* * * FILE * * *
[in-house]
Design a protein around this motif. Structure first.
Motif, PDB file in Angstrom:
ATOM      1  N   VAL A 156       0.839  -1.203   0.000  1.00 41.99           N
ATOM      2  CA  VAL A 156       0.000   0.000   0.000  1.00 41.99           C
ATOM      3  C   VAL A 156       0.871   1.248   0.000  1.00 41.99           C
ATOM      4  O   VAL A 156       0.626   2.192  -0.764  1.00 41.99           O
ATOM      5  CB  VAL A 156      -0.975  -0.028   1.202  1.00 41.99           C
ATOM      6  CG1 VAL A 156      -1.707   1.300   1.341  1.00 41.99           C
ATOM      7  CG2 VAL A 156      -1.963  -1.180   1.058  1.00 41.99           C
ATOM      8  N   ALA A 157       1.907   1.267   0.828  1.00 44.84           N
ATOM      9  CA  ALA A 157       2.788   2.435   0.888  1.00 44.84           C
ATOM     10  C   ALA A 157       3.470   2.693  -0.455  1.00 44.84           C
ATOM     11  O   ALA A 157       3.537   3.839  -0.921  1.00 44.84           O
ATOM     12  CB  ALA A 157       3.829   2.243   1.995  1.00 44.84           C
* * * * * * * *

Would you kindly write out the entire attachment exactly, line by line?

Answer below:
[in-house]
Design a protein around this motif. Structure first.
Motif, PDB file in Angstrom:
ATOM      1  N   VAL A 156       0.839  -1.203   0.000  1.00 41.99           N
ATOM      2  CA  VAL A 156       0.000   0.000   0.000  1.00 41.99           C
ATOM      3  C   VAL A 156       0.871   1.248   0.000  1.00 41.99           C
ATOM      4  O   VAL A 156       0.626   2.192  -0.764  1.00 41.99           O
ATOM      5  CB  VAL A 156      -0.975  -0.028   1.202  1.00 41.99           C
ATOM      6  CG1 VAL A 156      -1.707   1.300   1.341  1.00 41.99           C
ATOM      7  CG2 VAL A 156      -1.963  -1.180   1.058  1.00 41.99           C
ATOM      8  N   ALA A 157       1.907   1.267   0.828  1.00 44.84           N
ATOM      9  CA  ALA A 157       2.788   2.435   0.888  1.00 44.84           C
ATOM     10  C   ALA A 157       3.470   2.693  -0.455  1.00 44.84           C
ATOM     11  O   ALA A 157       3.537   3.839  -0.921  1.00 44.84           O
ATOM     12  CB  ALA A 157       3.829   2.243   1.995  1.00 44.84           C